Archive for April, 2010

I’m currently researching Kant’s moral duty for a final essay and it is torture. Not because I’m not interest, but I have 2 days to do it! I hate to make excuses but my final thesis was due, so philosophy assignments were the one thing I could put on the long finger. 2 days is adequate time to do this essay hopefully!

Anywho, Kant proposes that ‘Good and proper’ actions are those which are performed to help others. As for the moral duty, it has a number of flaws but I’m thoroughly enjoying reading and researching this topic. Last undergrad essay ever. Frightening.

I’ll blog in more detail at a later date with excerpts from my essay. I’m afraid that I may be done for plagiarism if this blog comes up, I don’t think they’ll care if I say I wrote the blog. Is it just me or have plagiarism checks become much more aggressive??

Anywho, I’ll blog later, I’m just having a somewhat unproductive Wednesday afternoon…

And I guess I I’m still making excuses to put this essay on the long finger…

UPDATE: 2 days was adequate time. A2. Not too bad!

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Where is the mind

I’ve gone back and forth as what to call this blog thing and I kept coming back to ‘Where is the mind’. It might sound like a stupid question, but in fact it is one which causes much debate between philosophers of the mind and psychologists, and one which I have become fascinated. You see, the mind does not mean ‘the brain’ so it is redundant to point to the head and state that my mind is in there. It may not be, and there is a large amount of evidence accumulating against notions of the mind being ‘in the head’.

Social constructionism and cross-cultural psychologists had this notion of the mind being outside the brain for quite a while now. For a social constructionist, knowledge is historically and culturally created. This suggests that society and human beings are historical and cultural entities which naturally change over time. All knowledge is created as noting can be known without agreement (where the cultural and historical aspect comes in). A chair is a chair because we agree it is a chair. If I were to call a chair a Gobliktar or some other nonsense word, and even if I got a group of people to call it so, it would probably die out and be forgotten quite quickly. These language games we engage in had a pivitol influence. When I was first exposed to social constructionsim I couldn’t help myself from constantly referring to Wittgenstein. He was right! Language is indeed very important.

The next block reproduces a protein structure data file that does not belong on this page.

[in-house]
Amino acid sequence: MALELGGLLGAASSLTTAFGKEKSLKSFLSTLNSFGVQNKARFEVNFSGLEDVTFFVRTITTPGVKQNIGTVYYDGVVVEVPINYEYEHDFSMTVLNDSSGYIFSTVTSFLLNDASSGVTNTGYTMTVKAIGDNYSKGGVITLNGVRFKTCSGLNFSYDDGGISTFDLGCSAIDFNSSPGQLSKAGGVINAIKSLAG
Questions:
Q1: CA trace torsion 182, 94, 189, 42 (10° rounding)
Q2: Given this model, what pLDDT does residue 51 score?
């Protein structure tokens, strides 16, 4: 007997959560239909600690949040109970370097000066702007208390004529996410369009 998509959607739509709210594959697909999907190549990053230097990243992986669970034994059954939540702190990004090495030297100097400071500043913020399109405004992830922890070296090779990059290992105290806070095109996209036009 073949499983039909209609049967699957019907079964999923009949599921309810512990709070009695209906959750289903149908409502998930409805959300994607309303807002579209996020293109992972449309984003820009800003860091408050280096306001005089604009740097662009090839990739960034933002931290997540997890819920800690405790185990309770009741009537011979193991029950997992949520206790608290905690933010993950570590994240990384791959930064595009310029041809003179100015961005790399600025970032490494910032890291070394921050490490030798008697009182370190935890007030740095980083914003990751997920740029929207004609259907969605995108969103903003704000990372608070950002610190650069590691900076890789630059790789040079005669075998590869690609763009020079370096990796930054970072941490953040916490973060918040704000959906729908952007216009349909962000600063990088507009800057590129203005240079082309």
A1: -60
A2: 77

So this influence on language is important. Now lets consider the cross-cultural psychologists. They have had pretty interesting insights into theory of the mind for quite a while now. Very often, cross-cultural psychologists are accused of being too inter-disciplinary. As a result, interesting studies are usually published in inter-disciplinary journals. I don’t see the problem here, except not a lot of people read them. As a result, quite a lot of fascinating stuff has been overlooked. What a shame. Things are changing though – I think!

Okay so I havn’t really dealt with what the mind is yet. And I’m not going to. Instead I’m going to dedicate every post to the issue. The problem of ‘Where is the mind’ is a huge exploration into a variety of different disciplines and I’m only just getting started! Philosophy, psychology, anthropology, sociology and literature are essential components shedding interesting lights into the problem of the mind, and indeed a whole lot of other fascinating, very similar questions I wish to discuss and dedicate my life to understanding (attempting to anyway).

This has been my first post (a bit short and all over the place) but (hopefully) there will be many more to follow (and written better)!

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